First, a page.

Dispelling the Myths Around Nutrition in Veganism

A common misconception around veganism is that it starves the body of key nutrients.

Whilst many people enjoy the ethical side of being vegan, some have been put off by the fear their body won’t get the nutrients it needs. That’s especially the case with those into fitness; can you train hard and live an ethical lifestyle by turning vegan? The fear is you cannot; the reality is, you can.

The proof is in the number of high-level athletes who have turned vegan in recent times. Some notable names from the world of sport and leisure have not only opted for a vegan diet but proved that there are no negative side effects as once feared by the uniformed mass consensus. Venus Williams is a classic example; she is a top-level tennis player and a vocal advocate of veganism. She claims not only can she get the nutrients she needs, but it need not be a boring diet either.

“I’m definitely not a robot,” she said in an interview. “You can reward yourself and have fun eating as well. There are so many more athletes doing it, and sometimes they ask me how to do it. So, I tell them, ‘Hey, sometimes you just have to have some pie.'”

Another top-level performer is Lewis Hamilton, the record-breaking Formula One driver recently cruelly robbed of an eighth world title. His body is punished differently to Venus Williams, but it is no less physically demanding. He once claimed his only regret with veganism was not doing it sooner, and he admitted he was able to build significant body mass despite his diet.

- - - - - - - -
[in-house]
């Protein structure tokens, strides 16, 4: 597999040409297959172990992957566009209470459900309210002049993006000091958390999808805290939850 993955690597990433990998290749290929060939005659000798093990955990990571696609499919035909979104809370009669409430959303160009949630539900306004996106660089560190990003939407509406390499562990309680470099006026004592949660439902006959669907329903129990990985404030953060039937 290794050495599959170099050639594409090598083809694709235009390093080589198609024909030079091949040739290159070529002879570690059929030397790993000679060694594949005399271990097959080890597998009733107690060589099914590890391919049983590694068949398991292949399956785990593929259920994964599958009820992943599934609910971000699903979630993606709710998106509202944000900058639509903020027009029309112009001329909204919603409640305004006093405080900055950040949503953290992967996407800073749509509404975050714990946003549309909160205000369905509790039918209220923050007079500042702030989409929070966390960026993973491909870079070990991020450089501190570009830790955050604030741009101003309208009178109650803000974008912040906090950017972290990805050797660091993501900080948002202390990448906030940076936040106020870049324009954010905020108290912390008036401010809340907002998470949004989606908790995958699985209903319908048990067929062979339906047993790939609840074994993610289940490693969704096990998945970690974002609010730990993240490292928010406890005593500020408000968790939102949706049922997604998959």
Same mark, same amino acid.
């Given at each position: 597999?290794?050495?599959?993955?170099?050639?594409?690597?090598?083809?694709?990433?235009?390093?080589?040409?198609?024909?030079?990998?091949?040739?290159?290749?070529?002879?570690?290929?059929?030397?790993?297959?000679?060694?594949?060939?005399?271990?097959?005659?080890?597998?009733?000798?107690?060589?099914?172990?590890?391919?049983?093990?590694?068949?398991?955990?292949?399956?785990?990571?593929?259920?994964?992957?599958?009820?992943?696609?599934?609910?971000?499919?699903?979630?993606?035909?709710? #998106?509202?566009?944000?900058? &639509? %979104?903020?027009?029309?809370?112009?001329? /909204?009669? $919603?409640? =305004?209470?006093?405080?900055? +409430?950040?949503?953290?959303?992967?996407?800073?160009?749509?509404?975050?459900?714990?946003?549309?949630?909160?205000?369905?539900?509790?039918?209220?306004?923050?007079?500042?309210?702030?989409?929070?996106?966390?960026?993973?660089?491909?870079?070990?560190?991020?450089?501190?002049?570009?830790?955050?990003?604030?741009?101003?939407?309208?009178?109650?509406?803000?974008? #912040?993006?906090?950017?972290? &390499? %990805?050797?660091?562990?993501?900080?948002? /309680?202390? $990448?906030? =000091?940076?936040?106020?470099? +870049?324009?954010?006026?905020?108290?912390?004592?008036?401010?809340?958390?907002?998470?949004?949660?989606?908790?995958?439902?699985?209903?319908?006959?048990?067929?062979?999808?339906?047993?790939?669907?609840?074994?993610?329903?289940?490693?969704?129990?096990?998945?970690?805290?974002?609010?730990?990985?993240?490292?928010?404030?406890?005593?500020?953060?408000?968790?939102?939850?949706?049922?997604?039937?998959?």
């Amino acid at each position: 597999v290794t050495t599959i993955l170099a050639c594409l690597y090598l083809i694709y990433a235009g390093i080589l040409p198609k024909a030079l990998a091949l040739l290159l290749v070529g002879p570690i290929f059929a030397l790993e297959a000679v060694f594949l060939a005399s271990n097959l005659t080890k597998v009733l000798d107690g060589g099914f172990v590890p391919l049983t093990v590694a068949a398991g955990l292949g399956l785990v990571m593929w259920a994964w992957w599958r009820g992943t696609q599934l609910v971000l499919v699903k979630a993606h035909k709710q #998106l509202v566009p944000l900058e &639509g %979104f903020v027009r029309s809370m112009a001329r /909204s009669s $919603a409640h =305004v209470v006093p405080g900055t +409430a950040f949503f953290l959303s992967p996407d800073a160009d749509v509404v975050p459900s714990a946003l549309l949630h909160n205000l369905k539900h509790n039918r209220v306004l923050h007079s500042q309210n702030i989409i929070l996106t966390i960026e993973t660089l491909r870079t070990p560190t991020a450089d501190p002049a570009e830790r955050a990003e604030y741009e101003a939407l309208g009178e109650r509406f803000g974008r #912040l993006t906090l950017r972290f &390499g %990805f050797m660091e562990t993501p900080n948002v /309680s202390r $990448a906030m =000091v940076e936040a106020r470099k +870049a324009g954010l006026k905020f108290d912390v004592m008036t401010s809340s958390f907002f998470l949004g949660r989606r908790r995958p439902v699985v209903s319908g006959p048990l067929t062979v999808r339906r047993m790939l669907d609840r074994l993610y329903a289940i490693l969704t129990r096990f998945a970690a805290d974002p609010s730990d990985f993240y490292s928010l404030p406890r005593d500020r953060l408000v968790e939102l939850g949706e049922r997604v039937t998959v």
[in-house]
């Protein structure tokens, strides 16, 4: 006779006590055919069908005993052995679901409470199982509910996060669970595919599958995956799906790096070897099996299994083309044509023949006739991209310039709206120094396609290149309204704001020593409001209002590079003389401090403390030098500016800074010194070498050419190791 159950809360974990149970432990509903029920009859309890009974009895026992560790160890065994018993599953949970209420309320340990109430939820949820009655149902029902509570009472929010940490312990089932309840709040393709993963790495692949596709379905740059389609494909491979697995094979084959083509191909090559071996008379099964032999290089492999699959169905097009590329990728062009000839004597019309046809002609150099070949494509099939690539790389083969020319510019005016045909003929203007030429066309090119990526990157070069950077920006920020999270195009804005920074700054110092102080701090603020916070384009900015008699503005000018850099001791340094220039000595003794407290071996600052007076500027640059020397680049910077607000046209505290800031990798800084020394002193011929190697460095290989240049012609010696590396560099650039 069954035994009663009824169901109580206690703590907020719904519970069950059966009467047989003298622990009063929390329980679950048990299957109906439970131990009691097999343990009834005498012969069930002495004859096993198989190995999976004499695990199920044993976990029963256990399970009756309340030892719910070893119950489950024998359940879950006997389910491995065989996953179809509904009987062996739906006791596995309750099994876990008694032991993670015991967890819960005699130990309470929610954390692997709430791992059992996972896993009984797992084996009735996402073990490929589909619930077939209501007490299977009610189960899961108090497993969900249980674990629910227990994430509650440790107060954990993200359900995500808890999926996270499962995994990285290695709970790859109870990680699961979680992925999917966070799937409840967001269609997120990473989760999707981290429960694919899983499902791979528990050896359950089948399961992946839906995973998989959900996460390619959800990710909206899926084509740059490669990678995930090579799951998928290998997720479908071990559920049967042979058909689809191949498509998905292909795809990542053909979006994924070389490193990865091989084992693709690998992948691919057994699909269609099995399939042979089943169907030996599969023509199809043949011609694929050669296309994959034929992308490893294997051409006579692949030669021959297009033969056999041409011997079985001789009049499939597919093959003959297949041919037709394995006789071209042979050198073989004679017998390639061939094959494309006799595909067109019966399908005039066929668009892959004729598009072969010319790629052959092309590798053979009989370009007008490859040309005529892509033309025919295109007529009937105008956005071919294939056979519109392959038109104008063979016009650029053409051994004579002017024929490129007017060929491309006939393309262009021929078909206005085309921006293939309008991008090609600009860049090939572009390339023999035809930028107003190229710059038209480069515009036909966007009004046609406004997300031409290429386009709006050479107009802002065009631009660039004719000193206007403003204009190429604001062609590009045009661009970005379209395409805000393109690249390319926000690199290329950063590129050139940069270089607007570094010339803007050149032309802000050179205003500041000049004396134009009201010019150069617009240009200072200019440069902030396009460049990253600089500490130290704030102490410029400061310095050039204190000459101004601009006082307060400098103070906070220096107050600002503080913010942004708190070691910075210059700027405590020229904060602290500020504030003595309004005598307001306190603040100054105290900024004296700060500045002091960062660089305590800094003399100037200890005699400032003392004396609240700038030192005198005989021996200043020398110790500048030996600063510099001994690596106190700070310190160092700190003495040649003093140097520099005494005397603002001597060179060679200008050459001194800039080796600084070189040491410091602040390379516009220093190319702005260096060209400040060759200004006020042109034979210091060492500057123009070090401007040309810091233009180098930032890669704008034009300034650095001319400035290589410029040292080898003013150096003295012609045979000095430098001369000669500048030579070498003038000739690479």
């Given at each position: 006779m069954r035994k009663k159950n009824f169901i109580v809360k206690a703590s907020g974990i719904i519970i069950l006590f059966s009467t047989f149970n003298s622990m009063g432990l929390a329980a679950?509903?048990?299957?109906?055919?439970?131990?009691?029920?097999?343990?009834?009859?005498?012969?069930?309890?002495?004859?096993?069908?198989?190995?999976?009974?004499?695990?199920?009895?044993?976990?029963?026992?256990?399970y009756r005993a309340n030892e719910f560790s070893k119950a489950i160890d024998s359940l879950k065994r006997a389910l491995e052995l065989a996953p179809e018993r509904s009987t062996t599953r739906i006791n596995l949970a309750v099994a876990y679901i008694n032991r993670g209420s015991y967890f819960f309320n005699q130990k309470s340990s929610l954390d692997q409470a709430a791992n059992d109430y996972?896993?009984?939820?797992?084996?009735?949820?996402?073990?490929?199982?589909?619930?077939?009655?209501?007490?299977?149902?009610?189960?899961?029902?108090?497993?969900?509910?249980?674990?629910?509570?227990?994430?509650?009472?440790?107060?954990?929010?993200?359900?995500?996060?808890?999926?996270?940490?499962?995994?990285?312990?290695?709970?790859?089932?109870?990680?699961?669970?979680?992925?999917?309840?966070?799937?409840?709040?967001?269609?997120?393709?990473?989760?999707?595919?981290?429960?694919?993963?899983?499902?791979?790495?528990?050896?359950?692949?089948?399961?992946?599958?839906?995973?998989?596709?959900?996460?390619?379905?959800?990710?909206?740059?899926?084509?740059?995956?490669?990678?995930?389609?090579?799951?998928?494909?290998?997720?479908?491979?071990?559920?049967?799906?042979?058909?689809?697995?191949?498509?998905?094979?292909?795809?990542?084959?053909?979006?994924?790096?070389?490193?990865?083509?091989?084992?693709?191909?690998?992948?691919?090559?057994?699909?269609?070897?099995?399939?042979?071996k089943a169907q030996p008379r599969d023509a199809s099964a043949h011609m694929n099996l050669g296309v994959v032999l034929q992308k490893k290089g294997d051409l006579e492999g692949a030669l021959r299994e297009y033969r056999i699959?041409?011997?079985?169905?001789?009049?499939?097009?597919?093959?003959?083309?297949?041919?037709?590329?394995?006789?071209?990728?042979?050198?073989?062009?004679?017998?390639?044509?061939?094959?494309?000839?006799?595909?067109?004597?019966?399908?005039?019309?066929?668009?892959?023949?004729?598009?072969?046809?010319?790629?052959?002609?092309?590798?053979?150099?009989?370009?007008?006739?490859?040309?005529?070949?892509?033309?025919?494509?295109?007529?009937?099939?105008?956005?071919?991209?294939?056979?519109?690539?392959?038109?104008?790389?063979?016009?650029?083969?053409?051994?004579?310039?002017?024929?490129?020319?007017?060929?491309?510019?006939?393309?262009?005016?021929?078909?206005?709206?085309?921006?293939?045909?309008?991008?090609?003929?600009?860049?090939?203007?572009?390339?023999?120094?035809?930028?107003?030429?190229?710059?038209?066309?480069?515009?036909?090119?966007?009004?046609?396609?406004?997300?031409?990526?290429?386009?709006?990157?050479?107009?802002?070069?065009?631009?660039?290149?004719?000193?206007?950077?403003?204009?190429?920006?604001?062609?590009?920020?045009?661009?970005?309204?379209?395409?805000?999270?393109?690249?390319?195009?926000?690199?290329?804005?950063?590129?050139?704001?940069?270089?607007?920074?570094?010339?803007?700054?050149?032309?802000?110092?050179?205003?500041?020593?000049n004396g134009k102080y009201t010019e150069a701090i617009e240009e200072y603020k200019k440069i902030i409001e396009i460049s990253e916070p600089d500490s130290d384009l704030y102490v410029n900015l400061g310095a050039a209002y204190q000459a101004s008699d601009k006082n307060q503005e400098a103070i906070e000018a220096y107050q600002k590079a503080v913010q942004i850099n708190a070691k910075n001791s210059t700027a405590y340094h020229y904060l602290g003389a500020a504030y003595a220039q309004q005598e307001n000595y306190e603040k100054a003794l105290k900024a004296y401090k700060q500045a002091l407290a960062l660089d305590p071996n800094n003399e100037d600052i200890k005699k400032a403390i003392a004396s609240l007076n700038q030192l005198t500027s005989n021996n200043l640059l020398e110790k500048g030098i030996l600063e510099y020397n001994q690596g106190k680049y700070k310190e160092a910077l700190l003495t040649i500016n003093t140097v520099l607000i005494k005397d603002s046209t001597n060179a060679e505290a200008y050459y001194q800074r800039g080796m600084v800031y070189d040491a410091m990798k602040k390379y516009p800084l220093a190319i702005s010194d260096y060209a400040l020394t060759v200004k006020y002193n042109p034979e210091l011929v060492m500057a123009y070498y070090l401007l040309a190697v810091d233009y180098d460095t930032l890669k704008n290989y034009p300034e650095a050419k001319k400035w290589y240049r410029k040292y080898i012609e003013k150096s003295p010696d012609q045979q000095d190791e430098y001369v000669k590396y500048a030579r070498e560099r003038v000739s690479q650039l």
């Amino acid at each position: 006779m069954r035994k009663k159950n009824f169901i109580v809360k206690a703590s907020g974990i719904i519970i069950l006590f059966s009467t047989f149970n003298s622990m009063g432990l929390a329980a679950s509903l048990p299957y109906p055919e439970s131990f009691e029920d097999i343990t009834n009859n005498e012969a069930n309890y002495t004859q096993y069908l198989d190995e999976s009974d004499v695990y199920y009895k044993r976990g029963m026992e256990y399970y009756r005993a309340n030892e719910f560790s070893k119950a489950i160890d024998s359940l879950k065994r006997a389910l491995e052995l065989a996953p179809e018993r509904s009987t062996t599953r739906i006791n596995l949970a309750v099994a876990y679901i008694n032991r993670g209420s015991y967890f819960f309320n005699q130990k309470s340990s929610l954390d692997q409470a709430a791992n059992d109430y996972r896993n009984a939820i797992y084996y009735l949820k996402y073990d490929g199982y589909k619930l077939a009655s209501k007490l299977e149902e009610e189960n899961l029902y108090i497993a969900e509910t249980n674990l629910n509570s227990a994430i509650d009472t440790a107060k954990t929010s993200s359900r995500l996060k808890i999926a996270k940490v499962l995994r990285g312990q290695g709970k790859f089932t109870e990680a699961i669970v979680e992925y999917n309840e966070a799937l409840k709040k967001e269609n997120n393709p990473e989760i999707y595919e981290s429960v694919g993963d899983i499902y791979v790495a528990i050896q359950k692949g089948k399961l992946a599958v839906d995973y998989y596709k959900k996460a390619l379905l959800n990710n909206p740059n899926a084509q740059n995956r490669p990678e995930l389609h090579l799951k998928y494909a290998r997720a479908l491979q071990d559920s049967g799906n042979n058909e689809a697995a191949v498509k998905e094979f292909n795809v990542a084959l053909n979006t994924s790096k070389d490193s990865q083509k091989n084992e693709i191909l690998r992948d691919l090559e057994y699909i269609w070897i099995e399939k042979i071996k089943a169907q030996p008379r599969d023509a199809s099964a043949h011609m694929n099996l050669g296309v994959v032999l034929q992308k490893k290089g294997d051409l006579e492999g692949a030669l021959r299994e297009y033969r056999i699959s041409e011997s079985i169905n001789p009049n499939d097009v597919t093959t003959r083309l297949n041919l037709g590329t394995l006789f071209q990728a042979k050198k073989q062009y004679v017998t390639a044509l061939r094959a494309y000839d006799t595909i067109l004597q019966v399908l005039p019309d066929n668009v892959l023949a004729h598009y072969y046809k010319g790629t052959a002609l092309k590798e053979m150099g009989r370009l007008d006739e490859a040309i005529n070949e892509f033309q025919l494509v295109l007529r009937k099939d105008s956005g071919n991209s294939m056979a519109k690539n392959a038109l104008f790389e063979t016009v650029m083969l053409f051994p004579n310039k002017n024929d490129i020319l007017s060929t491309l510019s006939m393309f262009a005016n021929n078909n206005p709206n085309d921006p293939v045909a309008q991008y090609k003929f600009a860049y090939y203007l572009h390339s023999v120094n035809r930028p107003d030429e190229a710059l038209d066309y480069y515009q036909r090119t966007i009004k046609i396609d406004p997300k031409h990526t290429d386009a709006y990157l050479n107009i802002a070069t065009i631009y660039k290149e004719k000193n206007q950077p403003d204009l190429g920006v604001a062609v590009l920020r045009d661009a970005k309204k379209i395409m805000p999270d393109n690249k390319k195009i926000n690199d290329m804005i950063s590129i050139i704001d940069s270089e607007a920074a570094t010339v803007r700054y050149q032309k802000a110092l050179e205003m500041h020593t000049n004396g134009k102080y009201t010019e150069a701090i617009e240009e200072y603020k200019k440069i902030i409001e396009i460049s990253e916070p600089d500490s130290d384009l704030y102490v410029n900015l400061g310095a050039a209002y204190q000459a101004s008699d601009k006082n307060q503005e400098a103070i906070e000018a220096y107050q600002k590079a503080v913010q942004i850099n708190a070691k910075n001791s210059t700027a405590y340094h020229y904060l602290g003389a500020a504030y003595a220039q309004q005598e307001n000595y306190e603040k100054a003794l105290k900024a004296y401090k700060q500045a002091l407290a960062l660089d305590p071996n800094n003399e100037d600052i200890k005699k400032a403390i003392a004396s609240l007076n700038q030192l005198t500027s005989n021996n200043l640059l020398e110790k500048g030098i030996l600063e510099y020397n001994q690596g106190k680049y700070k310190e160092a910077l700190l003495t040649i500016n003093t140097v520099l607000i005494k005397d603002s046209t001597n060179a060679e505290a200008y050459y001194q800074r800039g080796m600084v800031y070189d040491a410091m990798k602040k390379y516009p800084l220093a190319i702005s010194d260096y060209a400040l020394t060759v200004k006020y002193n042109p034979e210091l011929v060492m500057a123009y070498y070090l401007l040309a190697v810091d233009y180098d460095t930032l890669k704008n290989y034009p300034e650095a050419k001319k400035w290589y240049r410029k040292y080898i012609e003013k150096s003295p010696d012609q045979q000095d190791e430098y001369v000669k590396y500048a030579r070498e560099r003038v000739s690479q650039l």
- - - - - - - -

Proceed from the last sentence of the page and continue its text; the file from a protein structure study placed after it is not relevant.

“I was 68kg (150lb). I’ve had to be that weight for the past 12 years, and finally, rules change this year, and I can eat a little more and bulk up. I’m at 75kg (165lb) now and happier,” he said. “Adding weight was easy, and I did this on a vegan diet. I have plenty of protein in my diet, and I’ve gained muscle, and I’m healthier and happier than I’ve ever been.”

Even those whose feats of endurance are more cognitive than physical have expelled the virtues of a vegan diet. Daniel Negreanu is one of the greatest poker players of all time and is a well-known vegan. His field is of extreme endurance and stress, where much of the pressure is mental rather than physical. Again, he is firmly behind a vegan diet as a key strategy in his success, and whilst nutrient deficiency isn’t an issue, he has words of caution around fibre.

“If you eat a vegan diet, one thing worth monitoring is your fibre intake,” he tweeted. “You won’t be deficient in fibre eating this way, but you could easily be eating way too much fibre. 15-20g per 1,000 calories is plenty and avoids bloat and gassiness.”

These three are not alone in their passion for veganism; other famous athletes and leisure figures also prove that there’s a healthy life and an ethical one to be had. Scott Jurek, David Haye, Kyrie Irving, Novak Djokovic, Jermaine Defoe, Tom Brady and Mike Tyson are all committed vegans and ambassadors for the lifestyle. If they’re all doing it, and staying fit, then there’s nothing for you to fear. Veganism really isn’t the nutrient-free, boring lifestyle the doubters would have you believe.

If you enjoyed this article, you might also enjoy our other nutritional pieces, including this one on nutrient therapy.

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